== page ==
Did you know? Despite pop culture trying for years to label a group of squid a ‘squad’, the official designation is still a ‘shoal of squid’. Within these shoals, squids tend to communicate extensively with one another and are generally very peaceful in their interactions, even during mating season. These shoals generally come together for protection, as well as foraging advantages, mating, and courtship. The shoals have a clear hierarchy, with the smaller squid giving way to the larger. The shoal will generally have ‘sentinels’, squid who are tasked with keeping watch for approaching predators. Each shoal generally has sentinels keeping an eye out in every direction at all times. When the shoal is threatened by a predator, the larger squid will often be the ones who go out to distract or threaten the would-be predator.



Mating – and why they are here now


It is easy to assume that when the squid disappear from our shores they are migrating elsewhere. However, the truth is that they are actually just living in the deeper waters of the open ocean down to about 150m or 500ft. Every year around February they will come shallower (1-12m or 5-40ft depths) for courtship and mating. This is the reason why we are able to see them now.


Their mating rituals are complex, and we are still trying to understand them. The males will often have to compete with 2-5 other males to mate with a female, and while the largest squid generally wins the females seem to be able to choose whether to accept a male to be their sexual partner or not. When a male wants to mate with a female, he will approach her and gently stroke her with his tentacles. The female may flash colours of alarm at this stage, but the male will generally try to soothe her by blowing jets of water onto her and swimming away and returning repeatedly, pulsing colours at her. This dance can last up to an hour before a female accepts a male. Once the male is accepted, he will display a pulsating pattern and attach a sticky sperm sack to the female. She will then take the sack and, if she wants to accept it, fertilises herself. She will then search for an appropriate place on the reef – somewhere relatively sheltered and hidden – where she can lay her eggs and pass away. The male will still have some time before he also dies, and can use that time to reproduce with other squids too before he joins her in a watery grave.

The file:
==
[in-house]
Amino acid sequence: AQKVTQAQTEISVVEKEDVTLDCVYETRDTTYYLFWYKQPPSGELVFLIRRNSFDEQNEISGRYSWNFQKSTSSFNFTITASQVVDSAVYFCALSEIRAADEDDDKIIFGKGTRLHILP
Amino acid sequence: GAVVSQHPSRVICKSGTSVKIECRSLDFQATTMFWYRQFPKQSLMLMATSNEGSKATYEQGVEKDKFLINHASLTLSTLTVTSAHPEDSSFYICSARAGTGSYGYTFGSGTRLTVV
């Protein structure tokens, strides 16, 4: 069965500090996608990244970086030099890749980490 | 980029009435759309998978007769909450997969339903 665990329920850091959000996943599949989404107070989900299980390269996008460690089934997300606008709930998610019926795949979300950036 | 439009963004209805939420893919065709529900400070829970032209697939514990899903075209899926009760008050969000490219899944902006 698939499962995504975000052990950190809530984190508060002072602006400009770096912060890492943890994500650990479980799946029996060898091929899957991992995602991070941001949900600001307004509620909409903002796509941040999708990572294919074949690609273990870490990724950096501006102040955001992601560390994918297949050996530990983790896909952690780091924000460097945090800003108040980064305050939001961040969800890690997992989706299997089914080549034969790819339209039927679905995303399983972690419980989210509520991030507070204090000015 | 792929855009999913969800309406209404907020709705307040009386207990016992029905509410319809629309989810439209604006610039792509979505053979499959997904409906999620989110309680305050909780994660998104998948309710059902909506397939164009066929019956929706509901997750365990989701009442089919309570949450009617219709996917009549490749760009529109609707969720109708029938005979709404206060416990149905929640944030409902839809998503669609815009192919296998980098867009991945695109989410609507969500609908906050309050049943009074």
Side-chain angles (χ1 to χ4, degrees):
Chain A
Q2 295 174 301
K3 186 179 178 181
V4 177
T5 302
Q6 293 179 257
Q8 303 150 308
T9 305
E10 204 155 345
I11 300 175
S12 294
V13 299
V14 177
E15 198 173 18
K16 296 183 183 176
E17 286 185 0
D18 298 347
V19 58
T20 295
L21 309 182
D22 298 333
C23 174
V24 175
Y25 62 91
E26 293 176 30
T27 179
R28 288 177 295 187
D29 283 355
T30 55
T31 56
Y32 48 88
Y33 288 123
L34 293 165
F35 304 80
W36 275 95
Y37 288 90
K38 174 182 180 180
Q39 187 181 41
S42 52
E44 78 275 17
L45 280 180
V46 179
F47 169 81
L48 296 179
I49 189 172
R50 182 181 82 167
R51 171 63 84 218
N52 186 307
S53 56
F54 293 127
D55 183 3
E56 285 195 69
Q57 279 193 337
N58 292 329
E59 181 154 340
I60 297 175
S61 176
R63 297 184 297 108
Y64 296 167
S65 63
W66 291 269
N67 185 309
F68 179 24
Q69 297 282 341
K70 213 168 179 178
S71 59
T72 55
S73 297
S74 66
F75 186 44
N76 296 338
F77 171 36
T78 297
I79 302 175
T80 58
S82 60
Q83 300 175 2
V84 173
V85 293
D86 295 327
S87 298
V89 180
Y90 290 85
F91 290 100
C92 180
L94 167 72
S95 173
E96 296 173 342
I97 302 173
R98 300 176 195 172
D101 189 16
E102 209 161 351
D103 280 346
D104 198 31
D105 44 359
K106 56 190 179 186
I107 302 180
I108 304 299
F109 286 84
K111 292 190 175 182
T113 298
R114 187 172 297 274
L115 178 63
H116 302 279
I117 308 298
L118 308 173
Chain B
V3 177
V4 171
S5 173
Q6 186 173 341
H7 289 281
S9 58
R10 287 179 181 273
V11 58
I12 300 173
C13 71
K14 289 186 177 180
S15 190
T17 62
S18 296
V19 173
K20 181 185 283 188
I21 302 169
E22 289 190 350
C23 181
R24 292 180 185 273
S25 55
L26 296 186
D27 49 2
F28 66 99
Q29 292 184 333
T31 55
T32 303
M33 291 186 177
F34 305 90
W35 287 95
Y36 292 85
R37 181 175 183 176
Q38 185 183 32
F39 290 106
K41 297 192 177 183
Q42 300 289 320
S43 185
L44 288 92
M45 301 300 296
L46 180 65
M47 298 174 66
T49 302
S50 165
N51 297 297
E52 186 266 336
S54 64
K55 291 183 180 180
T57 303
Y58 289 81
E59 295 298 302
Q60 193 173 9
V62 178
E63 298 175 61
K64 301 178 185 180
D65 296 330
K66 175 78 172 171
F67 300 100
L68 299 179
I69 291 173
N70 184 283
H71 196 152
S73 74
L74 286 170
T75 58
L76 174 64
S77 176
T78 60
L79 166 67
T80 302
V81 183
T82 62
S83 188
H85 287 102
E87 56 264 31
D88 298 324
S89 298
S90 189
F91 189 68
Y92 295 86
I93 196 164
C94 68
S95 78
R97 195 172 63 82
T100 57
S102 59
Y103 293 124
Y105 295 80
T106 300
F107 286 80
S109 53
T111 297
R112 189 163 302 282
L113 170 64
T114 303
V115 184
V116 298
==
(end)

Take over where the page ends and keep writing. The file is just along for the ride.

A pair of mating Caribbean Reef Squid


Baby squid in their eggs!


When Squids Fly


The Caribbean Reef Squid can launch itself 2m (6.6ft) out of the water, flying for 10m (30ft) before re-entry! This trait was discovered by marine biologist Silvia Marciá in 2001, and led to six more species of ‘flying squid’ to be discovered.


Despite all the research into these tentacular friends, there is always more to learn and discover about them. So come on over! See the squid that has captured the hearts and minds of divers for decades as they grace us with their presence for the next few months.


A special thanks to Everett Turner Jr for sharing his incredible squid photos with us!